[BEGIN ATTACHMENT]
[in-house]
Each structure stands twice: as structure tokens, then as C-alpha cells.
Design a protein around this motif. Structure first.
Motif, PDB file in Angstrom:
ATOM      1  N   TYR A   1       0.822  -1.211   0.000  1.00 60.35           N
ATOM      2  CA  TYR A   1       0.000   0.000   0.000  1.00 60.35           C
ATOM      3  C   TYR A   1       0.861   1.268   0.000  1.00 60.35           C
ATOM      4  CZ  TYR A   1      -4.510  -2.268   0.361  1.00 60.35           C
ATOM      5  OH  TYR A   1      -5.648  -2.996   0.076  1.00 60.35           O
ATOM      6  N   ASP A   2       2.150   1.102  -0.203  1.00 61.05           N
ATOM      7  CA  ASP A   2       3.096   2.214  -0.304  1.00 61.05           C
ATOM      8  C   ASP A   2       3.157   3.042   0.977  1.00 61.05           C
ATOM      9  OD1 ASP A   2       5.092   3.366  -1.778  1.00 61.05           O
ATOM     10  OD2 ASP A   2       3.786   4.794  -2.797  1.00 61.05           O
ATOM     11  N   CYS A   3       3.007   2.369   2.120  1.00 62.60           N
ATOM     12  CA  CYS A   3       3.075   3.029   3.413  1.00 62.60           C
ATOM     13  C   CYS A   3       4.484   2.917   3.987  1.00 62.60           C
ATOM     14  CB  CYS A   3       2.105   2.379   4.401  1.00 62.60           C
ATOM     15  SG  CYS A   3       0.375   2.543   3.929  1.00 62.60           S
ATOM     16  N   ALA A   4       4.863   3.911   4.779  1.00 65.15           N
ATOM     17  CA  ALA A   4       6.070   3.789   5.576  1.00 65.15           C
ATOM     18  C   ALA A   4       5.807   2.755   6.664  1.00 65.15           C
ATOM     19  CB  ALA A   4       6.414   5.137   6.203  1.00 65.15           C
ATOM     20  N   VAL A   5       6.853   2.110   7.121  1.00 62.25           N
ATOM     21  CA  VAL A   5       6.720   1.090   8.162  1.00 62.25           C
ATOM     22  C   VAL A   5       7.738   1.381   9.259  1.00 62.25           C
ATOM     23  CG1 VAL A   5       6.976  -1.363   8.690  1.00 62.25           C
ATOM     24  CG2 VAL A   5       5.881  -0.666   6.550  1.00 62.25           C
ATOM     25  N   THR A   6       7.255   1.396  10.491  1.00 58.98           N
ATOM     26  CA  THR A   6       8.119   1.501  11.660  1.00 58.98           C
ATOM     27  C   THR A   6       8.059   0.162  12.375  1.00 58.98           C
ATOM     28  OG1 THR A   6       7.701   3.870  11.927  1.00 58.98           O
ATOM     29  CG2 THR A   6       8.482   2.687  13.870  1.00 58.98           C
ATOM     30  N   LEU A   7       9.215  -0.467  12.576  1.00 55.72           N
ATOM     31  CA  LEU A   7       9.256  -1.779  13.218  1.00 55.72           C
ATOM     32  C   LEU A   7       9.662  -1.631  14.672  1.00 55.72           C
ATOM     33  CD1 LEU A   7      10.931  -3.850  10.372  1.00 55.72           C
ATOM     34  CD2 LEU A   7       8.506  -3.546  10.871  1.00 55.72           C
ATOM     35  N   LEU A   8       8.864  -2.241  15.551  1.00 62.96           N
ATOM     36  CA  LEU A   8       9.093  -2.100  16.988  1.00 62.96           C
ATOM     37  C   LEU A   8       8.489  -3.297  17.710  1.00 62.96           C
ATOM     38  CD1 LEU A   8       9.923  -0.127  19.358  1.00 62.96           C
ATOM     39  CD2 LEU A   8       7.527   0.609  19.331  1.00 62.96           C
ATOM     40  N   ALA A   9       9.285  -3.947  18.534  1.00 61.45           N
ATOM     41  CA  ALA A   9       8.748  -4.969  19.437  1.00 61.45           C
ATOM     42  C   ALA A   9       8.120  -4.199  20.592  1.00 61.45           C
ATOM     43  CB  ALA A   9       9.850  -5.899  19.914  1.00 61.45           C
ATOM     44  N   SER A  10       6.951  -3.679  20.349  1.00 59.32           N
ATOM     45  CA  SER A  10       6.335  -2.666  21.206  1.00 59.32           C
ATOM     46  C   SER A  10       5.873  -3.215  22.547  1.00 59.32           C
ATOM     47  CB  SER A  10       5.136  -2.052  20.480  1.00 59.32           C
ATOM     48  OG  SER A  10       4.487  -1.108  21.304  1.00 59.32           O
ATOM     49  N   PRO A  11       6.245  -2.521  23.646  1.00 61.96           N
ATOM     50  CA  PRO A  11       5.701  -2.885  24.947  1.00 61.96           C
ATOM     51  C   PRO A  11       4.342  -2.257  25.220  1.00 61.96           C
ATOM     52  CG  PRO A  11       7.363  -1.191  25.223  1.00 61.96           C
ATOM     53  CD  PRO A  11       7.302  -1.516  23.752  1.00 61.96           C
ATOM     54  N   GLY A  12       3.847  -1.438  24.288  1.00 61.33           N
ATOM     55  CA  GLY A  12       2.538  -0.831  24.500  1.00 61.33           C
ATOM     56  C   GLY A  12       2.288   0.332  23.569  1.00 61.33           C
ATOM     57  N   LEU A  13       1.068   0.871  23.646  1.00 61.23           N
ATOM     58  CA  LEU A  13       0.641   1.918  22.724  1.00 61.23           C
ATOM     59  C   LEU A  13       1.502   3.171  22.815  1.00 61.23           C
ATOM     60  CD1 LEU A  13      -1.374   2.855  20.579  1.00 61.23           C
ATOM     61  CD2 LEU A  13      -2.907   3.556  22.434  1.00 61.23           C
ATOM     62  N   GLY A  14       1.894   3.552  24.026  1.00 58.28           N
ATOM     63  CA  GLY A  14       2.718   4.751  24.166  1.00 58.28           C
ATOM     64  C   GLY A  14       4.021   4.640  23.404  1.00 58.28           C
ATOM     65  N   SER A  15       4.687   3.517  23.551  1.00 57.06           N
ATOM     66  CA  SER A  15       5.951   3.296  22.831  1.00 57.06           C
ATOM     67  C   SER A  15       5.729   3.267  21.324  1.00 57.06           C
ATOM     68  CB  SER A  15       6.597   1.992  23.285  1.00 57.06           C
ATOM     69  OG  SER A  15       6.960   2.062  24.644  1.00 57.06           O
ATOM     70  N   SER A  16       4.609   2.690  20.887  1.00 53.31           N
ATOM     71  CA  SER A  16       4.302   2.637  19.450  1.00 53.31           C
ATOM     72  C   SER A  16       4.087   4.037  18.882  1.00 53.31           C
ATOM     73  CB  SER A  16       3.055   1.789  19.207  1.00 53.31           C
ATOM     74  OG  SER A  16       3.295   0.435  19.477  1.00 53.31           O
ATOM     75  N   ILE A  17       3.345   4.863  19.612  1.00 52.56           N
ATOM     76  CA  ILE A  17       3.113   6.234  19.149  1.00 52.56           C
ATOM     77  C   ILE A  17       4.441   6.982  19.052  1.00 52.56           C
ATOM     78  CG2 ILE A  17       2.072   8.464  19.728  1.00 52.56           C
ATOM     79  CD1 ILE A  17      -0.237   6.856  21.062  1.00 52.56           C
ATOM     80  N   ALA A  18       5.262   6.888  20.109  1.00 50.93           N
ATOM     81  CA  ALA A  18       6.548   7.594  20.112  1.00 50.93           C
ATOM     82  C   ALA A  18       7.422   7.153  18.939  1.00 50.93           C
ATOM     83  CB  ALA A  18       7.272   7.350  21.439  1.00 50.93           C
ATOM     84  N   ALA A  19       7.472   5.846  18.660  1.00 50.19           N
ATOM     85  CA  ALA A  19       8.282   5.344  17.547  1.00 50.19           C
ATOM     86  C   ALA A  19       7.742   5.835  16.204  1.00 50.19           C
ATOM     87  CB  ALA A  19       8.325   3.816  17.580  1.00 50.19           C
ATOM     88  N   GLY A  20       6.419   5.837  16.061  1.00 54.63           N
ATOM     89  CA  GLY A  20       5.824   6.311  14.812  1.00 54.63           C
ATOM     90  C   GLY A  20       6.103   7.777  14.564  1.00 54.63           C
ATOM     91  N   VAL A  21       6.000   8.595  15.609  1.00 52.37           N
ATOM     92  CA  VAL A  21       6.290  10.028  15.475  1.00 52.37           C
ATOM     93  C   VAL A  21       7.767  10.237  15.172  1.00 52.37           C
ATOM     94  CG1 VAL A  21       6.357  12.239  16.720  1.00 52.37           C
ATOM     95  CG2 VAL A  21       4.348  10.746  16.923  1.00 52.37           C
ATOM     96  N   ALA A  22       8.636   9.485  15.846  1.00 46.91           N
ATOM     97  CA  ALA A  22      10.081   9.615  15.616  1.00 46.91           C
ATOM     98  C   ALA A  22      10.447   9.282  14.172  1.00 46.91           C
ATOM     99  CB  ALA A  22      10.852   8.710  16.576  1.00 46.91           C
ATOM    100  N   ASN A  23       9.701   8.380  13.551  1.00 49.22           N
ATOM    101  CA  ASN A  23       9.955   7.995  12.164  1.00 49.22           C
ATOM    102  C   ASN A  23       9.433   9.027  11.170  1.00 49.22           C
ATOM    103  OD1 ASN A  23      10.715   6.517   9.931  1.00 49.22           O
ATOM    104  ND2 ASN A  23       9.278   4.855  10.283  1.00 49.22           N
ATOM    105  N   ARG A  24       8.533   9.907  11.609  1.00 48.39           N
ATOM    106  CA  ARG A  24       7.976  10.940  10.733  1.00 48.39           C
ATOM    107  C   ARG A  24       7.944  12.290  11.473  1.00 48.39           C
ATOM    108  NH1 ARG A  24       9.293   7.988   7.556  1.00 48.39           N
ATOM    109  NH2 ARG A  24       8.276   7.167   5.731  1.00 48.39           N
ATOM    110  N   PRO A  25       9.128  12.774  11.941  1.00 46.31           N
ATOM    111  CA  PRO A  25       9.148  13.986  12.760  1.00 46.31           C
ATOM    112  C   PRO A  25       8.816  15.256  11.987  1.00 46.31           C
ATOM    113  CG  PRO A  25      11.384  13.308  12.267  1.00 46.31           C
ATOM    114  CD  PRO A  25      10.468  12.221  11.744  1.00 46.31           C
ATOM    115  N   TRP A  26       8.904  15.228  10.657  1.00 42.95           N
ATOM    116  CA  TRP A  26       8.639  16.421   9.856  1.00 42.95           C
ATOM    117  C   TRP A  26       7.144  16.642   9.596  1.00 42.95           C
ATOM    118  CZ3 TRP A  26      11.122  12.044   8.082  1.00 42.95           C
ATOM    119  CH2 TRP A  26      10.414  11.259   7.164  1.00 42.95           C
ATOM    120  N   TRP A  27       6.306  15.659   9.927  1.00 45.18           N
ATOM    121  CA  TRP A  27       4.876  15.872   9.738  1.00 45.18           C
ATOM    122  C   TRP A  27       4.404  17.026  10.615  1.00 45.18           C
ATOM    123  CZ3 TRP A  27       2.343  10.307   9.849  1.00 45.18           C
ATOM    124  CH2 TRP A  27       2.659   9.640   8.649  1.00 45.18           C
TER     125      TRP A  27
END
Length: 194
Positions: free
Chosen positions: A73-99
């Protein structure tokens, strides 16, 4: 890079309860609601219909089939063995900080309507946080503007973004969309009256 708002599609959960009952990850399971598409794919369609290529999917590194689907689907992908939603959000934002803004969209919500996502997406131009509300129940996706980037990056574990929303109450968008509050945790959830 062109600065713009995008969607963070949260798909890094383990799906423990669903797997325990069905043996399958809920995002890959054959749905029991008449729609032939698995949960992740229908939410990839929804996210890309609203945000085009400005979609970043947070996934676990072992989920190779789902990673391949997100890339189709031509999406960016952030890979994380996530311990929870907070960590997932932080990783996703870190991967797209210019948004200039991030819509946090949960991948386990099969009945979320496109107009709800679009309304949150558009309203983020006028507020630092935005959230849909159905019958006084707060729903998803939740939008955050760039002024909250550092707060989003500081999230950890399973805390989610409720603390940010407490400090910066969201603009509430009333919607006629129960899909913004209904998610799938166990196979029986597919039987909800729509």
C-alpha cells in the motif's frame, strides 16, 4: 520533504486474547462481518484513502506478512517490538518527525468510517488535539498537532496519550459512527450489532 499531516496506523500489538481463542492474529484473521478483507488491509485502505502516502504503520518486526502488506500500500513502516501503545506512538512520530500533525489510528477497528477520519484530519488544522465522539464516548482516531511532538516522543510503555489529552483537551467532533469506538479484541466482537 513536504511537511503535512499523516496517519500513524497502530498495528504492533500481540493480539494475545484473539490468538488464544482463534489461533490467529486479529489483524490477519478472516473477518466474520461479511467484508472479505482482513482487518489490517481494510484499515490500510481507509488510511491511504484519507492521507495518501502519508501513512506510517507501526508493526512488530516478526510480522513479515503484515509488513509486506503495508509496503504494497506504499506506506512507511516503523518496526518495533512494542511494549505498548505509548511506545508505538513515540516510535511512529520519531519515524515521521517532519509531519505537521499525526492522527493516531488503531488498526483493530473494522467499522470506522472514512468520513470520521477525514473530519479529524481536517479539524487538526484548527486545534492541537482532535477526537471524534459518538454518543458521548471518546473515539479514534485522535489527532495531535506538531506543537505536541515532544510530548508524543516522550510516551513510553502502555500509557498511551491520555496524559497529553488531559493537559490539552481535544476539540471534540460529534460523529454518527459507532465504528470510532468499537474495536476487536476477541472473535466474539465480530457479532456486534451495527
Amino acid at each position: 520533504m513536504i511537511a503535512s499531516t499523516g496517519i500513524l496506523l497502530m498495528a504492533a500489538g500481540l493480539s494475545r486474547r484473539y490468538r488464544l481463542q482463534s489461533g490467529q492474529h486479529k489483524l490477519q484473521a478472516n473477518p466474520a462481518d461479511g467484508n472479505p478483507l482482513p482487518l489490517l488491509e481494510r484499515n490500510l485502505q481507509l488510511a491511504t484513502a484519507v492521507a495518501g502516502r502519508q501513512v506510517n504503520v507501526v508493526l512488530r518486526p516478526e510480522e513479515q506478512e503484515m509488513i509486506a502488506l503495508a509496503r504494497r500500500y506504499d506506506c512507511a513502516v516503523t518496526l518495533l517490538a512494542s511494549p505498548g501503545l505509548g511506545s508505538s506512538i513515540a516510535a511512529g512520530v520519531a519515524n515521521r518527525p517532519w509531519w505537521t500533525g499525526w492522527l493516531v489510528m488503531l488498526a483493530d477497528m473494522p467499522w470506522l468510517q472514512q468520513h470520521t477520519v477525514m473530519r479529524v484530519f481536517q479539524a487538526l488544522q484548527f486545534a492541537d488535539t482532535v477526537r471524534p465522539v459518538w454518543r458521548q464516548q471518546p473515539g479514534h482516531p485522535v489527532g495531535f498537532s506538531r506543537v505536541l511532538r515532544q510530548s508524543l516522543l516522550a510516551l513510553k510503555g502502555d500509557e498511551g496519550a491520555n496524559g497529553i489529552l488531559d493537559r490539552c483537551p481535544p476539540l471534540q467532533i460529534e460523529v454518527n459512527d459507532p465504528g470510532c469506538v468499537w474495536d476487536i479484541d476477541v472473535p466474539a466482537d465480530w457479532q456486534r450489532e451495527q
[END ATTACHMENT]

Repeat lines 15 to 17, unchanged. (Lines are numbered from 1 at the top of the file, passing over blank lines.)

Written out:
ATOM     11  N   CYS A   3       3.007   2.369   2.120  1.00 62.60           N
ATOM     12  CA  CYS A   3       3.075   3.029   3.413  1.00 62.60           C
ATOM     13  C   CYS A   3       4.484   2.917   3.987  1.00 62.60           C